From: Mosquito Bite, Texas
On a side-note, I love the pictures from Normandy showing German tanks sporting all kinds of improvised camouflage sticking out at absurd angles, while they're moving happily along a road........
Exactly who are they fooling here?
Spoken like someone with little or no military experience who wants to besmirch soldiers with several years of combat experience and who may have had good reason to camoflauge their equipment that that manner.
ANY reduction in the probability that you will be noticed increases the probability that you will see another day. While it looks silly when the picture is taken by a camerman 30 meters away, it is much less obvious to a plane flying at 200 mph and several miles away whi has to detect the vehicle amoung other vergitation. Does it guarentee non-detection? No, but it may reduce the chance some. It can also be utterly confusing to the antitank gun who has to precisely aim at a vehicle that is near other bushes, hedges, trees, etc. A 2 second delay while the AT gunner makes sure he's on the correct target can mean the difference between a hit, or a miss. What if I told you to climb in a tank and drive down a road. If you camoflauge your vehicle you've got a 80% chance of making it. If not, you have a 60% chance. Are you going to say that it looks stupid and not do it?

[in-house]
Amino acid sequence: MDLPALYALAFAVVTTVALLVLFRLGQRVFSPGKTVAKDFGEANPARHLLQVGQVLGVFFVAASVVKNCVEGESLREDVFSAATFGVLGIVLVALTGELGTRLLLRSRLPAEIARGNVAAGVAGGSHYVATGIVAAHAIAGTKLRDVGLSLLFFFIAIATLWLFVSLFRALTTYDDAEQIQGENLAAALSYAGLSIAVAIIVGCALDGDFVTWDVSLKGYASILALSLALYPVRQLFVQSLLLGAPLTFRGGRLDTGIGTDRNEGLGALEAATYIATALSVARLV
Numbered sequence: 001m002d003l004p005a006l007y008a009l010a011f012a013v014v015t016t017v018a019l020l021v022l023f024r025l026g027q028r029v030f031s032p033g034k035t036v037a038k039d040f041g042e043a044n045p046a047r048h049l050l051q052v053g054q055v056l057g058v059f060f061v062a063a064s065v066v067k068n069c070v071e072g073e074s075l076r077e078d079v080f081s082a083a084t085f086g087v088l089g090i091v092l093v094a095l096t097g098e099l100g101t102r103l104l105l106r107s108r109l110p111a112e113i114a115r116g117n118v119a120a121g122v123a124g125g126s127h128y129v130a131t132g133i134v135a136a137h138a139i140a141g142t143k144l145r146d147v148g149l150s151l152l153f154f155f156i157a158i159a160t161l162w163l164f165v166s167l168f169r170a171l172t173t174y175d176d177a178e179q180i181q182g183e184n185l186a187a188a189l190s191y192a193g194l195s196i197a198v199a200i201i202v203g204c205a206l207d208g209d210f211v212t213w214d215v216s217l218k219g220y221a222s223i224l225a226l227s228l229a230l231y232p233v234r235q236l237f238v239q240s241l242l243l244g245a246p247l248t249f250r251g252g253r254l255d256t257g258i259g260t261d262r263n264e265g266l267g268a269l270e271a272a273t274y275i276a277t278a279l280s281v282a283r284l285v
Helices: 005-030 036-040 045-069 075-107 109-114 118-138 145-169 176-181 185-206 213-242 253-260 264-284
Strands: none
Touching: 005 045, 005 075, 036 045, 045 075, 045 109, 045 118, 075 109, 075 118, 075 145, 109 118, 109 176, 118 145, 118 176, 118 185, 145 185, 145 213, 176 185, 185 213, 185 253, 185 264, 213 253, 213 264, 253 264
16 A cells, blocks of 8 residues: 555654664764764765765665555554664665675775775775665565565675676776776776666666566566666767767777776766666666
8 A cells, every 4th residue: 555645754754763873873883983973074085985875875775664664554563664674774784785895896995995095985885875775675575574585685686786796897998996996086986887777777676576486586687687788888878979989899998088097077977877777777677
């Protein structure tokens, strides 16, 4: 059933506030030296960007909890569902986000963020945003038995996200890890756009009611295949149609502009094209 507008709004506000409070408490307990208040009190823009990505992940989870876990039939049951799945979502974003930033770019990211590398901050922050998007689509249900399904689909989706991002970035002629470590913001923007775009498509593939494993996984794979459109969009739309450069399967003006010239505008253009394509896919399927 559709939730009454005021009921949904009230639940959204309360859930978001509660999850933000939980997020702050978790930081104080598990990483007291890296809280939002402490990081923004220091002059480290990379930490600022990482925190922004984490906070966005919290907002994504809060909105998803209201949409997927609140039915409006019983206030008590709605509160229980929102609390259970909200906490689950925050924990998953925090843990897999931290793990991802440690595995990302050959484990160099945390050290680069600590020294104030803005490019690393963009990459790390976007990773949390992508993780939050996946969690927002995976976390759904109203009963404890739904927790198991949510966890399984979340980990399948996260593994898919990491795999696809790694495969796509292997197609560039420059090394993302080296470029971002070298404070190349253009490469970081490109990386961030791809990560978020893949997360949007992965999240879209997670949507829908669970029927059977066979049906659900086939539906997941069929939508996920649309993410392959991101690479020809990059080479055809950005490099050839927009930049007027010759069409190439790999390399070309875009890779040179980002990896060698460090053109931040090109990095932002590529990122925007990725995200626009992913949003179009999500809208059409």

Now, if it is camoflauge that is out of place, then yes, it might be silly, but then again, it might not be. I've seen forest green camoflauge nets used in the desert to conceal sand colored vehicles. The logic was that while the net would aid in aircraft detection of the vehicle it might otherwise not see, it might cause a person with a hand-held AT weapon to misjudge where the target was behind the net, so as to cause a miss or perhaps a "bad" hit in a non-critical location. If your side had complete air superiority, and the other side had great potential to sneak in AT killer teams on the ground, especially at night, what would you do? I'd put up the net.
Occasionally, and randomly, problems and solutions collide. The probability of these collisions is inversely related to the number of committees working on the solutions. -- Me.